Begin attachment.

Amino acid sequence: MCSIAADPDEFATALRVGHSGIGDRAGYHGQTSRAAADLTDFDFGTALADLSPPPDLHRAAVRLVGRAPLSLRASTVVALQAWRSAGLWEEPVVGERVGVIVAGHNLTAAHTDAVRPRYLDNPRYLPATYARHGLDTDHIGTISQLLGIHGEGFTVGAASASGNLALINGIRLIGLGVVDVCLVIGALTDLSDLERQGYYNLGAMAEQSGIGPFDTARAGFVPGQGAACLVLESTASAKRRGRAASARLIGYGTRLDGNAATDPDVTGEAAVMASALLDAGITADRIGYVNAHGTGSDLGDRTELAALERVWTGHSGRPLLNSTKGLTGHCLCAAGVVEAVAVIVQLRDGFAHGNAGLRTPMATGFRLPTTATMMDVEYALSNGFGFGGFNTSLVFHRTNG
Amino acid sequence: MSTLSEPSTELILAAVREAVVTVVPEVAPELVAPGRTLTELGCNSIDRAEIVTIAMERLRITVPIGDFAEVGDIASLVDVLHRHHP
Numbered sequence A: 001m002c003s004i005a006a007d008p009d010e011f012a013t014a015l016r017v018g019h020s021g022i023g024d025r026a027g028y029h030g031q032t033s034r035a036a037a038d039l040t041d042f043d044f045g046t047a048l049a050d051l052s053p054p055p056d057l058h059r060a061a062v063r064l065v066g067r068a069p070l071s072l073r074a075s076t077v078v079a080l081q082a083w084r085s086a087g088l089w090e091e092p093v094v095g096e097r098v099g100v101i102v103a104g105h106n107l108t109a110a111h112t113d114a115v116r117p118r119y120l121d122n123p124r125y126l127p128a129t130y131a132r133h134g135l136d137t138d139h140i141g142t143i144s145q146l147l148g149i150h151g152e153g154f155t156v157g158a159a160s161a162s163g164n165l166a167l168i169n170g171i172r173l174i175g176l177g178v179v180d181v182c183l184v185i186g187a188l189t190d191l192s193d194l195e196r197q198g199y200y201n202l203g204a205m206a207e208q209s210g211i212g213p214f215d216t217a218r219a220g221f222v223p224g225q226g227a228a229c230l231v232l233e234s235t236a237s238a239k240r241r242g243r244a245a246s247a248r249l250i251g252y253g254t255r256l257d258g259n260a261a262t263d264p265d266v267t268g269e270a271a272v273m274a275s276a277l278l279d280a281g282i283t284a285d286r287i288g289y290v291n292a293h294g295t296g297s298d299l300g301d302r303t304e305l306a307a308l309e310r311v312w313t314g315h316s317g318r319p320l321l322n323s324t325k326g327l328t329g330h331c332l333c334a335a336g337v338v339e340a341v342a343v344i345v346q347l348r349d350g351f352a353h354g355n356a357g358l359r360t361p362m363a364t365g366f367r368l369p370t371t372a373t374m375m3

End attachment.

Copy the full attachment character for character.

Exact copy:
Amino acid sequence: MCSIAADPDEFATALRVGHSGIGDRAGYHGQTSRAAADLTDFDFGTALADLSPPPDLHRAAVRLVGRAPLSLRASTVVALQAWRSAGLWEEPVVGERVGVIVAGHNLTAAHTDAVRPRYLDNPRYLPATYARHGLDTDHIGTISQLLGIHGEGFTVGAASASGNLALINGIRLIGLGVVDVCLVIGALTDLSDLERQGYYNLGAMAEQSGIGPFDTARAGFVPGQGAACLVLESTASAKRRGRAASARLIGYGTRLDGNAATDPDVTGEAAVMASALLDAGITADRIGYVNAHGTGSDLGDRTELAALERVWTGHSGRPLLNSTKGLTGHCLCAAGVVEAVAVIVQLRDGFAHGNAGLRTPMATGFRLPTTATMMDVEYALSNGFGFGGFNTSLVFHRTNG
Amino acid sequence: MSTLSEPSTELILAAVREAVVTVVPEVAPELVAPGRTLTELGCNSIDRAEIVTIAMERLRITVPIGDFAEVGDIASLVDVLHRHHP
Numbered sequence A: 001m002c003s004i005a006a007d008p009d010e011f012a013t014a015l016r017v018g019h020s021g022i023g024d025r026a027g028y029h030g031q032t033s034r035a036a037a038d039l040t041d042f043d044f045g046t047a048l049a050d051l052s053p054p055p056d057l058h059r060a061a062v063r064l065v066g067r068a069p070l071s072l073r074a075s076t077v078v079a080l081q082a083w084r085s086a087g088l089w090e091e092p093v094v095g096e097r098v099g100v101i102v103a104g105h106n107l108t109a110a111h112t113d114a115v116r117p118r119y120l121d122n123p124r125y126l127p128a129t130y131a132r133h134g135l136d137t138d139h140i141g142t143i144s145q146l147l148g149i150h151g152e153g154f155t156v157g158a159a160s161a162s163g164n165l166a167l168i169n170g171i172r173l174i175g176l177g178v179v180d181v182c183l184v185i186g187a188l189t190d191l192s193d194l195e196r197q198g199y200y201n202l203g204a205m206a207e208q209s210g211i212g213p214f215d216t217a218r219a220g221f222v223p224g225q226g227a228a229c230l231v232l233e234s235t236a237s238a239k240r241r242g243r244a245a246s247a248r249l250i251g252y253g254t255r256l257d258g259n260a261a262t263d264p265d266v267t268g269e270a271a272v273m274a275s276a277l278l279d280a281g282i283t284a285d286r287i288g289y290v291n292a293h294g295t296g297s298d299l300g301d302r303t304e305l306a307a308l309e310r311v312w313t314g315h316s317g318r319p320l321l322n323s324t325k326g327l328t329g330h331c332l333c334a335a336g337v338v339e340a341v342a343v344i345v346q347l348r349d350g351f352a353h354g355n356a357g358l359r360t361p362m363a364t365g366f367r368l369p370t371t372a373t374m375m3